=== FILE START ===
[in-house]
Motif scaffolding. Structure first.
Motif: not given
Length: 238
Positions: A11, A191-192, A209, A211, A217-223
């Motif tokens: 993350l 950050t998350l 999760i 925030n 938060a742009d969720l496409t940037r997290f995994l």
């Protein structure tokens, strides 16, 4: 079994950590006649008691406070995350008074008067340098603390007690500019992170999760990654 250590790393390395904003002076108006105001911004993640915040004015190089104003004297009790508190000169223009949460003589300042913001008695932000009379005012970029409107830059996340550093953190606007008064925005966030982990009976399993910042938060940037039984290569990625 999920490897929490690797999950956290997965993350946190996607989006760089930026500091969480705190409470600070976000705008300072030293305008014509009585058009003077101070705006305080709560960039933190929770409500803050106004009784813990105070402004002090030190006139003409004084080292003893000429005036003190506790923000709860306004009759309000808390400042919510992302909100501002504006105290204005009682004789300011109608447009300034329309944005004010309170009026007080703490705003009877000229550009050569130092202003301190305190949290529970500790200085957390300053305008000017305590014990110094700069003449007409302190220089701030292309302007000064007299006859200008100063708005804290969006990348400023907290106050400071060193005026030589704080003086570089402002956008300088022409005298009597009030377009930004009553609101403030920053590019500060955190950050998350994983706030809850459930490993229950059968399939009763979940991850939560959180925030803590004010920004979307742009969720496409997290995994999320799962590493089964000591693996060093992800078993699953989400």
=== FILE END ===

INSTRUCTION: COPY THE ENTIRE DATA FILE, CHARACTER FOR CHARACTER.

[in-house]
Motif scaffolding. Structure first.
Motif: not given
Length: 238
Positions: A11, A191-192, A209, A211, A217-223
């Motif tokens: 993350l 950050t998350l 999760i 925030n 938060a742009d969720l496409t940037r997290f995994l």
């Protein structure tokens, strides 16, 4: 079994950590006649008691406070995350008074008067340098603390007690500019992170999760990654 250590790393390395904003002076108006105001911004993640915040004015190089104003004297009790508190000169223009949460003589300042913001008695932000009379005012970029409107830059996340550093953190606007008064925005966030982990009976399993910042938060940037039984290569990625 999920490897929490690797999950956290997965993350946190996607989006760089930026500091969480705190409470600070976000705008300072030293305008014509009585058009003077101070705006305080709560960039933190929770409500803050106004009784813990105070402004002090030190006139003409004084080292003893000429005036003190506790923000709860306004009759309000808390400042919510992302909100501002504006105290204005009682004789300011109608447009300034329309944005004010309170009026007080703490705003009877000229550009050569130092202003301190305190949290529970500790200085957390300053305008000017305590014990110094700069003449007409302190220089701030292309302007000064007299006859200008100063708005804290969006990348400023907290106050400071060193005026030589704080003086570089402002956008300088022409005298009597009030377009930004009553609101403030920053590019500060955190950050998350994983706030809850459930490993229950059968399939009763979940991850939560959180925030803590004010920004979307742009969720496409997290995994999320799962590493089964000591693996060093992800078993699953989400």